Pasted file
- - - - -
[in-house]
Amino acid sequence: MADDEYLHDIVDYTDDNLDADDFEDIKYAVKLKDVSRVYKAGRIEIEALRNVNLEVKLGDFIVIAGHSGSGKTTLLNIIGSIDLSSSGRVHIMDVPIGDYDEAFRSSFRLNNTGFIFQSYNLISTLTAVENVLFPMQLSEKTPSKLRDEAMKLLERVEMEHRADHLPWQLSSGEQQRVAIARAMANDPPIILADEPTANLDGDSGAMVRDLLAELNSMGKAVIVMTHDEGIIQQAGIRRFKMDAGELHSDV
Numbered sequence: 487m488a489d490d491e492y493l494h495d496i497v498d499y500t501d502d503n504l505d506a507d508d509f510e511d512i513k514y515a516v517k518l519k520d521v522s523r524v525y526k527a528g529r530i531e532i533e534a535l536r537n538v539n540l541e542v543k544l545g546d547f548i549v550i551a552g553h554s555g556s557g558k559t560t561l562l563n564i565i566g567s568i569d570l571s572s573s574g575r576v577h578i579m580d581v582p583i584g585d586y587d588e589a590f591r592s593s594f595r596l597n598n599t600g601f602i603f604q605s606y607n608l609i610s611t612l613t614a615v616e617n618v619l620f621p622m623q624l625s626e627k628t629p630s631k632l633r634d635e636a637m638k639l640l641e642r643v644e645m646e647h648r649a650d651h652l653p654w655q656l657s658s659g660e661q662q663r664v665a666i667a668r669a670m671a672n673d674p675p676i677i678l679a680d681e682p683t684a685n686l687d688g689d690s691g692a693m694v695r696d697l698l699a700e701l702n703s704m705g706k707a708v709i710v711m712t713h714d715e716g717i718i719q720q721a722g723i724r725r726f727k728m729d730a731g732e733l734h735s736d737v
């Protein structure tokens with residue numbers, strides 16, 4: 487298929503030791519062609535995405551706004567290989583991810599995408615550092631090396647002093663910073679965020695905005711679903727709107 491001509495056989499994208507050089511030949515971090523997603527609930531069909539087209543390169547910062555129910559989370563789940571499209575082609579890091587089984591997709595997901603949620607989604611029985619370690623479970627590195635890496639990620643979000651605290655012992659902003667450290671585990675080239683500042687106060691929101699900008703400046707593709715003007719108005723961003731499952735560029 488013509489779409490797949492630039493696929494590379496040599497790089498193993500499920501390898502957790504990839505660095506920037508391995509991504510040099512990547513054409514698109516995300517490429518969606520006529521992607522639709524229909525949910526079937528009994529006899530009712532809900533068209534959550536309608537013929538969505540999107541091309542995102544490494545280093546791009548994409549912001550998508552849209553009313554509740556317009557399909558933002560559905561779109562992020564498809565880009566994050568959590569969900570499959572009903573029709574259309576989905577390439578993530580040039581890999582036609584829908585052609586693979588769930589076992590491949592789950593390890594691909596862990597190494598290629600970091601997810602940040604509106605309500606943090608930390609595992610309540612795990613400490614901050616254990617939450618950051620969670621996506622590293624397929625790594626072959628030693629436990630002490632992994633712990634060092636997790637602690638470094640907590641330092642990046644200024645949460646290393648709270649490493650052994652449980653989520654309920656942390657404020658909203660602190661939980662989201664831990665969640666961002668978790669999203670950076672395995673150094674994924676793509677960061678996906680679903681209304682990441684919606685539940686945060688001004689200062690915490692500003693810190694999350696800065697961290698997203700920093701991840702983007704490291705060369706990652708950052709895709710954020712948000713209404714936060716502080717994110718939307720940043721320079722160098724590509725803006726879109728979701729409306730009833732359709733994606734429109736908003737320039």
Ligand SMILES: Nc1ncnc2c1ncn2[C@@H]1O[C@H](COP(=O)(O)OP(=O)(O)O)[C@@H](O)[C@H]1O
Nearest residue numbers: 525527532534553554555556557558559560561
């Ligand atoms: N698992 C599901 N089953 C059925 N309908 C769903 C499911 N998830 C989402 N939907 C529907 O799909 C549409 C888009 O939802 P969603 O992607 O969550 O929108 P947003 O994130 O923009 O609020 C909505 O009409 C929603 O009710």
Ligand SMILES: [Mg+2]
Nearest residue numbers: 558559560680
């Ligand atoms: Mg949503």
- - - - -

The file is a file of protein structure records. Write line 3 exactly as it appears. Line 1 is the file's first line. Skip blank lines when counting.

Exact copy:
Numbered sequence: 487m488a489d490d491e492y493l494h495d496i497v498d499y500t501d502d503n504l505d506a507d508d509f510e511d512i513k514y515a516v517k518l519k520d521v522s523r524v525y526k527a528g529r530i531e532i533e534a535l536r537n538v539n540l541e542v543k544l545g546d547f548i549v550i551a552g553h554s555g556s557g558k559t560t561l562l563n564i565i566g567s568i569d570l571s572s573s574g575r576v577h578i579m580d581v582p583i584g585d586y587d588e589a590f591r592s593s594f595r596l597n598n599t600g601f602i603f604q605s606y607n608l609i610s611t612l613t614a615v616e617n618v619l620f621p622m623q624l625s626e627k628t629p630s631k632l633r634d635e636a637m638k639l640l641e642r643v644e645m646e647h648r649a650d651h652l653p654w655q656l657s658s659g660e661q662q663r664v665a666i667a668r669a670m671a672n673d674p675p676i677i678l679a680d681e682p683t684a685n686l687d688g689d690s691g692a693m694v695r696d697l698l699a700e701l702n703s704m705g706k707a708v709i710v711m712t713h714d715e716g717i718i719q720q721a722g723i724r725r726f727k728m729d730a731g732e733l734h735s736d737v